Mayors tour the FANUC America Robotics facility in Rochester Hills, Michigan.
Most people agree that Washington, D.C. is deeply dysfunctional today, mired in partisanship that only seems to worsen every year. The sad truth is that it often seems like nothing gets done in our nation’s capital. Nevertheless, I can’t help but feel optimistic about the future of our local communities. Despite inaction at the federal level, last week I witnessed how mayors and local leaders across the country are finding bipartisan solutions to the problems facing all communities.
Co-hosted by Mayor Mike Duggan and Rochester Hills Mayor Bryan Barnett, last week, the U.S. Conference of Mayors (USCM) convened its Fall Leadership Meeting in Rochester Hills, Mich. Leaders from across the country met to discuss issues impacting cities and to share solutions. Nearly 50 bipartisan mayors representing USCM leadership attended the three–day meeting where we exchanged best practices and solutions to the problems facing the communities we serve.
Discussed were a wide range of critical issues facing cities across the country, and they shared how mayors in other municipalities are tackling those problems. Dayton Mayor Nan Whaley and El Paso Mayor Dee Margo shared the lessons their communities learned from the recent gun violence that’s affected their cities. There was conversation about how to end the ongoing opioid crisis. And discussion about steps that can be taken to revitalize struggling communities.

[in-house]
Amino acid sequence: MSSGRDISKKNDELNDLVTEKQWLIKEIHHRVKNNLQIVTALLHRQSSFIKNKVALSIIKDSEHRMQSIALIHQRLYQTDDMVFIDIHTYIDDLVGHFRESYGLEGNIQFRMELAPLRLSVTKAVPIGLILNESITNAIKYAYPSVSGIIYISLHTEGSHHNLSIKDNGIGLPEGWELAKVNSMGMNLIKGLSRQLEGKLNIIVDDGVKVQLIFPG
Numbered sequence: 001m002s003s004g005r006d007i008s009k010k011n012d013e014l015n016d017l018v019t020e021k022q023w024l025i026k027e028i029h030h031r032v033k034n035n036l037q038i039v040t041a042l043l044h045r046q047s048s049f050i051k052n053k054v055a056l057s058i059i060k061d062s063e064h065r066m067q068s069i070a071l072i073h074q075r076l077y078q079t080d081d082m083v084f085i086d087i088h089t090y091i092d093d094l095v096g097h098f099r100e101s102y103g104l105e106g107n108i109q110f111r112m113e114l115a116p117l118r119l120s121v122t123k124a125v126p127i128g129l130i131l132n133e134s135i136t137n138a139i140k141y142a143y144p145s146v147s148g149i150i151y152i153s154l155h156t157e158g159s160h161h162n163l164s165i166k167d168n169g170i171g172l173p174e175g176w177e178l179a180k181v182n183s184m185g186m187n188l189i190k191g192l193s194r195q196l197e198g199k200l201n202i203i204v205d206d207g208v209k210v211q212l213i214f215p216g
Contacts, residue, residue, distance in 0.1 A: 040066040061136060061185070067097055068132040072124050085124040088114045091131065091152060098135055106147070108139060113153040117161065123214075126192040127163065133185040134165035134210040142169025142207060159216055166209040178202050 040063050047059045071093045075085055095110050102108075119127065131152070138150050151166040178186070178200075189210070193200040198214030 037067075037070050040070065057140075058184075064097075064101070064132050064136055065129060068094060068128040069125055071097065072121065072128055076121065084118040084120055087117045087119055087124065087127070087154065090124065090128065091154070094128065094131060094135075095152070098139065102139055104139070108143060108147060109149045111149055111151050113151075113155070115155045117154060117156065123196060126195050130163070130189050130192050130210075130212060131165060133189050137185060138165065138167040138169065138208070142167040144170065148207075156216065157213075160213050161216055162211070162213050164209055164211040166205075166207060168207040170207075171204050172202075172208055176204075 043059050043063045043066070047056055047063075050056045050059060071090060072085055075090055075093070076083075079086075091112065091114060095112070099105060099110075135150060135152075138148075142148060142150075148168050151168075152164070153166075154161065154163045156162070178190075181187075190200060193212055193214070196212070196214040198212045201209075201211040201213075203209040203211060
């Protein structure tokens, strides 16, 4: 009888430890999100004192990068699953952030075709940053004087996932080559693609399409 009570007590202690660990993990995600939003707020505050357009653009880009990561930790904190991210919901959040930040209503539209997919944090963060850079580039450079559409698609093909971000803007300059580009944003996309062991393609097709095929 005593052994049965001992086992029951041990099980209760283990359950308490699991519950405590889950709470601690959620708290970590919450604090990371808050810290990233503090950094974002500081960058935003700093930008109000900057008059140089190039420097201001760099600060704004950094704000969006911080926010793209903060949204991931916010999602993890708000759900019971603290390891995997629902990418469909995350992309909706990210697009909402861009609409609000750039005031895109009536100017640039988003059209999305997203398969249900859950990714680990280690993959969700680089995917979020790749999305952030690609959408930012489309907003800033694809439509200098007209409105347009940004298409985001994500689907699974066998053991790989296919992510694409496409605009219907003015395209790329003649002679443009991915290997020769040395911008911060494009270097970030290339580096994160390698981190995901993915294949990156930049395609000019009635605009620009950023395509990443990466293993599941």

At the meeting, Executive Director of the White House Opportunity and Revitalization Council talked about the “Opportunity Zone” program – a community development initiative that encourages long-term investments in the parts of cities that need it the most. This program can help underdeveloped communities in southeast Michigan by allowing cities to partner with the private sector to bring in jobs and investment.
U.S. Census Bureau leadership was present and discussed strategies to help ensure a complete count. Here again, local officials and community influences are instrumental in promoting public awareness about the 2020 Census.
“Looking ahead, I can’t help but be optimistic about our country’s metro areas and cities,” said Mayor Barnett. “Just last month, USCM’s 18th annual U.S. Metro Economies report highlighted that cities and metro regions continue to be the engines of U.S. economic growth, serving as home to 85.9 percent of the nation’s population and 91.1 percent of real gross domestic product (GDP). In fact, in 2018, metro areas added 2.1 million jobs, accounting for 94 percent of all U.S. job gains.”
The fact is that America’s mayors can’t afford not to act. Across the country, it is mayors who are leading the revitalization of American cities like Detroit. It is mayors who are thinking about problems differently and delivering innovative solutions. And it is mayors who are refusing to allow polarization to get in the way of progress.
“We will continue working together and learning from each other to find solutions that will make our cities and this country a better place,” added Mayor Barnett. “We know that everyone does better when we come together to find real solutions that address our biggest challenges. Together, we can develop policies that foster innovation, create opportunity and build stronger communities.”